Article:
“Baptism in mud” is what it’s been called, as every year the Hanszen Frosh traditionally try to remove a beanie from atop a greased pole surrounded by mud. Traditionally, they fail and have to run off the “shack runs” accumulated under the “guidance” program.
This year it was a Will Rice Beanie and the Freshmen shouted “We object!” and the sophomores gave ten-to-one odds that the beanie would stay on that pole.
THEN, JUST AS the freshmen waded into the slime pit, from behind the stadium rose a Helicopter.
It circled the field and headed straight for the pole. Sophomore Bill Jenkins grabbed up a handful of mud and tried to down the metal bird as Ken Hanson, freshman, leaned out of the cockpit and snatched the beanie.
THE WHOLE situation arose from a diner-table discussion between “Idea-man and Astronaut”
Hanson and “Project Coordinator” John Dunlap. Aided by Royce Brough, a kindly Junior, they investigated the feasibility of hiring a Helicopter and finally settled on one piloted by Bill Holmes of the International Helicopters Company.
Barney McCoy, then entered the project as “Chief of Finance and Security” to oversee the collection of a dollar from each freshman. Said, McCoy, “It was most remarkable that 89 people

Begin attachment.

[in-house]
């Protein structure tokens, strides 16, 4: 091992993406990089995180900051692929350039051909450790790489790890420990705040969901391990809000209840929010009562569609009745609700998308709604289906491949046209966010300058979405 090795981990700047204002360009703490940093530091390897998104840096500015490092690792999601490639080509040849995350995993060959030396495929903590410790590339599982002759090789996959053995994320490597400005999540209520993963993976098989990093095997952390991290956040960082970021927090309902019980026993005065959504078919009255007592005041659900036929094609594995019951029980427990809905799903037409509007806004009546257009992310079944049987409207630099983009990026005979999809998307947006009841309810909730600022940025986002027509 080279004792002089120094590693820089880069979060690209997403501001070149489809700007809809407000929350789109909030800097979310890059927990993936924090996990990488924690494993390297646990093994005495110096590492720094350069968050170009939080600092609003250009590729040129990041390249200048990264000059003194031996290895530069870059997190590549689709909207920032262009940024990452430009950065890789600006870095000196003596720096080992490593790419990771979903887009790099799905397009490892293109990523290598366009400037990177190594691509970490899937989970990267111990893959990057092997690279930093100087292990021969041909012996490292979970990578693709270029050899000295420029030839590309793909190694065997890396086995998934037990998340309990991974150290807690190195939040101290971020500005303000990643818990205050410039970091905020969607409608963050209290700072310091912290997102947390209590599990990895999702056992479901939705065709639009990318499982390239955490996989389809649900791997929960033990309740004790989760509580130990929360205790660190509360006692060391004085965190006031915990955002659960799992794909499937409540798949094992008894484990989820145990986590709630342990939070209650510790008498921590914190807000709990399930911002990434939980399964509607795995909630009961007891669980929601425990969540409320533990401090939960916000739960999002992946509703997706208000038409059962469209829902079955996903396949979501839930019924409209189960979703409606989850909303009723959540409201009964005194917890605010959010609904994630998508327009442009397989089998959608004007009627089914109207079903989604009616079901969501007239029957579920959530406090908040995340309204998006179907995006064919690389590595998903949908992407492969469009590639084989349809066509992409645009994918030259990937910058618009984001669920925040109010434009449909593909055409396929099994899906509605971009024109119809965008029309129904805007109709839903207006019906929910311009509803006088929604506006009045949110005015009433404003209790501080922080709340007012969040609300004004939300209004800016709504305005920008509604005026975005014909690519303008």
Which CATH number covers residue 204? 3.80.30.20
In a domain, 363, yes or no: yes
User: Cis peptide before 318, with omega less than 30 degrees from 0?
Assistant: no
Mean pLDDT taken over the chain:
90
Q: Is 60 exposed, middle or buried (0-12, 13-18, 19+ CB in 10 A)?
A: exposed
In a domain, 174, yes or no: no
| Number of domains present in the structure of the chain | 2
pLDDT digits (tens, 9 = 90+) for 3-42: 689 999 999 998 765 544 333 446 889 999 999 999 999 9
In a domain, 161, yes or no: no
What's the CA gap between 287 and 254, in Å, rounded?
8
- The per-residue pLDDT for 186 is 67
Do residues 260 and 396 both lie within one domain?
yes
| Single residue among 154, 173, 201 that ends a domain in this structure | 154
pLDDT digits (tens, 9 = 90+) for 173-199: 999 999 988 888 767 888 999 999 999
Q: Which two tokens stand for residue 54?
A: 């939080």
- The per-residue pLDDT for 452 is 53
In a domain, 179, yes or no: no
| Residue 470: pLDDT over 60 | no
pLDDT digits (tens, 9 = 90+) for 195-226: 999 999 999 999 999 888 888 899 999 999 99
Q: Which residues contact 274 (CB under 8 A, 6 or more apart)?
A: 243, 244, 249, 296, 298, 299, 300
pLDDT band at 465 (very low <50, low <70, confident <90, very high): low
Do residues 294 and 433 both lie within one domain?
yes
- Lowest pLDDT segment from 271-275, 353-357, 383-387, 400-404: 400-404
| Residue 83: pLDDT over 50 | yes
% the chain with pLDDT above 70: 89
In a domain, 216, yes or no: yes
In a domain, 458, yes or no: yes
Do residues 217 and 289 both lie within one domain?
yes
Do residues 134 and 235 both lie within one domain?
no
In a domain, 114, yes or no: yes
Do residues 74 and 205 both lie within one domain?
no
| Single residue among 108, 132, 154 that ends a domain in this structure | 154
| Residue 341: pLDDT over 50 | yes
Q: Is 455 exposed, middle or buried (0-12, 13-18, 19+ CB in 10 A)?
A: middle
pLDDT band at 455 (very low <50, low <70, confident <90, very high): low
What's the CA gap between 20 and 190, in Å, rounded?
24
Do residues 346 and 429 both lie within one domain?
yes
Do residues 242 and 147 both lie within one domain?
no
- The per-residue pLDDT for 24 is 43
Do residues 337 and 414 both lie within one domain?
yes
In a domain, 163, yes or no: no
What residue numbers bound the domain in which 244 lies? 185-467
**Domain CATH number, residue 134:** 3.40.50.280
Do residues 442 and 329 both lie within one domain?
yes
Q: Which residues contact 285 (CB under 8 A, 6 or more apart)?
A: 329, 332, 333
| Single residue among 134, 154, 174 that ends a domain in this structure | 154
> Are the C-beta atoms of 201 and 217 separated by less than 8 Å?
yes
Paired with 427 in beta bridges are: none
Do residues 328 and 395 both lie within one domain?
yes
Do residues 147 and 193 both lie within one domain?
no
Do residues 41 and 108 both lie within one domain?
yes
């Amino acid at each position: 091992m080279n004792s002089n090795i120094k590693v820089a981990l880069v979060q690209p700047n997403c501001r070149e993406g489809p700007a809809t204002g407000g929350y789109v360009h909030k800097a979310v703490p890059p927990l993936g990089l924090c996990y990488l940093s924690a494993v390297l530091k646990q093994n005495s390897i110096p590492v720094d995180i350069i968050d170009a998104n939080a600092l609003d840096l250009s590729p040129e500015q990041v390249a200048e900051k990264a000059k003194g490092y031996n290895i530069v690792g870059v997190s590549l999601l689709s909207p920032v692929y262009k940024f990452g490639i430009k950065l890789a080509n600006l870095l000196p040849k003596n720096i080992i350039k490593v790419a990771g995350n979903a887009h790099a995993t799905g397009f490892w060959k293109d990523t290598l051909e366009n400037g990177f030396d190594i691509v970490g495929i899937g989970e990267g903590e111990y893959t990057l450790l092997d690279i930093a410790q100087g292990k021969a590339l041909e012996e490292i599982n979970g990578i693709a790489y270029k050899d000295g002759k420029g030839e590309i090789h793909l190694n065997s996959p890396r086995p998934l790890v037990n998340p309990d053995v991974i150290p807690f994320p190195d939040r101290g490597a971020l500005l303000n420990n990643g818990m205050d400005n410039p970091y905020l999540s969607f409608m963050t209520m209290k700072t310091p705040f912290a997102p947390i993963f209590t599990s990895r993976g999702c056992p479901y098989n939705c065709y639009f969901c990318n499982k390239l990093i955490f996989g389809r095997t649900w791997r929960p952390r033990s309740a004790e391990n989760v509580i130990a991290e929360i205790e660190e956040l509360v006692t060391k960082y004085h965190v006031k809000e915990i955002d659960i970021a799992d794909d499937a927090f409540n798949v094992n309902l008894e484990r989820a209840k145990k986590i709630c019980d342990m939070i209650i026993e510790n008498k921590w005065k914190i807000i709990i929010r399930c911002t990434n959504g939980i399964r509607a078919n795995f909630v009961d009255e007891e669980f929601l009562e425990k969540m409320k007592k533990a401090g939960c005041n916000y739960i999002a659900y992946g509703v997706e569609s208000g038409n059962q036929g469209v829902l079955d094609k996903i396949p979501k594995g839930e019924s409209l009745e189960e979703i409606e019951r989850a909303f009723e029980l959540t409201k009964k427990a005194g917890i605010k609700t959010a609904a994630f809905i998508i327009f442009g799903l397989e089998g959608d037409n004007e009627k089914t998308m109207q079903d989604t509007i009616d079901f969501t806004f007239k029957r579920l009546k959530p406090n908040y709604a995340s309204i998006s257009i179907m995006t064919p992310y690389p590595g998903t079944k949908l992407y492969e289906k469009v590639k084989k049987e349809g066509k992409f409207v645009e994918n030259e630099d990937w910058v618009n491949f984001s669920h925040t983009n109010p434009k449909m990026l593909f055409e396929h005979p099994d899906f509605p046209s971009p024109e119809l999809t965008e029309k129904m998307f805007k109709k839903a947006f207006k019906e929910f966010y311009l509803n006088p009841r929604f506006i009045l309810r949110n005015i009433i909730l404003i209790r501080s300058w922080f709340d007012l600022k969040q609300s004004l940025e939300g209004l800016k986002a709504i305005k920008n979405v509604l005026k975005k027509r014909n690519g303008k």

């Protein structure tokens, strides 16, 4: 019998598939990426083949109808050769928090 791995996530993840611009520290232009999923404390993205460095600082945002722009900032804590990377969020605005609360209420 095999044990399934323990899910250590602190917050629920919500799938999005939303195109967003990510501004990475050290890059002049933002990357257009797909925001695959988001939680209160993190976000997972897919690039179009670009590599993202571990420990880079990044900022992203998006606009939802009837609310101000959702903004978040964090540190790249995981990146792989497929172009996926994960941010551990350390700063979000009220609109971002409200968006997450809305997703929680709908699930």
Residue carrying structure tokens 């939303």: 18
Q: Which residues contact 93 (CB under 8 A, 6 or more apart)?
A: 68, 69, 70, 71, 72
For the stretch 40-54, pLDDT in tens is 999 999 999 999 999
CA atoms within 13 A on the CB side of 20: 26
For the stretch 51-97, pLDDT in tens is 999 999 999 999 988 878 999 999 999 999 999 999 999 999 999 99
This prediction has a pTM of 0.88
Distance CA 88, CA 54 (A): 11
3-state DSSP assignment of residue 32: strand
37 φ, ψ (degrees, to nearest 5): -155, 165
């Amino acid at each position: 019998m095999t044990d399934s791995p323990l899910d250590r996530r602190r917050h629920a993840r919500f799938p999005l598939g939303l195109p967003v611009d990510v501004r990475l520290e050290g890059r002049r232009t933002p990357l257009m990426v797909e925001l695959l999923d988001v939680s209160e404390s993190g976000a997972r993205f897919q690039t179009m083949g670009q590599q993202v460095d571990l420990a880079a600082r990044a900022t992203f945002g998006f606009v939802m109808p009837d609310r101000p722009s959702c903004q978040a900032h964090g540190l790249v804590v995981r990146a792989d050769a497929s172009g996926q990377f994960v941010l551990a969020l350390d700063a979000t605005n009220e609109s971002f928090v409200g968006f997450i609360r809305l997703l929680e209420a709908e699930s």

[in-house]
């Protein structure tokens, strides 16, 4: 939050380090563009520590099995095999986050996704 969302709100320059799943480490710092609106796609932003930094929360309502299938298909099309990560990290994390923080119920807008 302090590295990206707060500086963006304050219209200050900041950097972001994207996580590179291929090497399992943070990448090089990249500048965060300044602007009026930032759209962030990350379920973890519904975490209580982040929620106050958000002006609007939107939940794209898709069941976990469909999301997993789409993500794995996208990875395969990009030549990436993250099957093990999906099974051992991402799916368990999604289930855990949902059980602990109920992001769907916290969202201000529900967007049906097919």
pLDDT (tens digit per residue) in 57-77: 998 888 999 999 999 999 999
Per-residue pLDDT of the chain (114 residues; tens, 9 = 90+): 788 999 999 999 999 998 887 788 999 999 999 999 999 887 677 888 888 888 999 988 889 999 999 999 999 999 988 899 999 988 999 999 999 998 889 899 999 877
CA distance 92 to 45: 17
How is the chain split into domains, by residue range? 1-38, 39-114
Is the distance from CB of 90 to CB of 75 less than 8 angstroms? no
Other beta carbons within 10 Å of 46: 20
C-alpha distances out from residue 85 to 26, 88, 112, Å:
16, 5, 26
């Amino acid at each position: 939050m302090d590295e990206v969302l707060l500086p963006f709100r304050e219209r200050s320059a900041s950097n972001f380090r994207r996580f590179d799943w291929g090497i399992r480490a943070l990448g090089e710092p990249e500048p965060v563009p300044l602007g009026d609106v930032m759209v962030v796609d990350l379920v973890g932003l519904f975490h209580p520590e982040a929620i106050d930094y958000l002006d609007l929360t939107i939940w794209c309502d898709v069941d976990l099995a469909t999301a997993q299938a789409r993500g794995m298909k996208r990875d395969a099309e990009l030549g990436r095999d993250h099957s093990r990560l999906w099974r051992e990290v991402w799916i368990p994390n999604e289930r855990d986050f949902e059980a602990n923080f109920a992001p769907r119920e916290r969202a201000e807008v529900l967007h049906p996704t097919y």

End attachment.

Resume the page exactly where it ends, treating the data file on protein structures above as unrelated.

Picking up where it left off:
kept the secret for over three weeks.” Finally , “Life,” the “Chronicle,” the “Post,” and KPRC-
TV decided to cover the festivities.
AT THE END of the escapade Jim Hargrove, mud-smeared Hanszen guidance coordinator,
sputtered, “It’s plainly illegal. I made only one rule for the contest and you all had to go and
Pilot Holmes exclaimed, “Look at the mud all over my ship!”
And Bill Jenkins was pursued across the athletic field by three exultant Freshmen.
The rules made reference to prohibitions based on the assumption that the actor would be below the beanie. There was no rule about reaching down from a heliocopter with a fruit picker. However, there was an FAA reg about piloting a copter too close to a structure, and when the photo made the AP wire service, the pilot caught some flack from the feds. Incidently, the Hanszen Court ruled that we had violated the spirit of the rules, but, because of the freshmen’s ingenuity, ended guidance and cancelled all “shack runs” Barney L. McCoy, Hanszen 67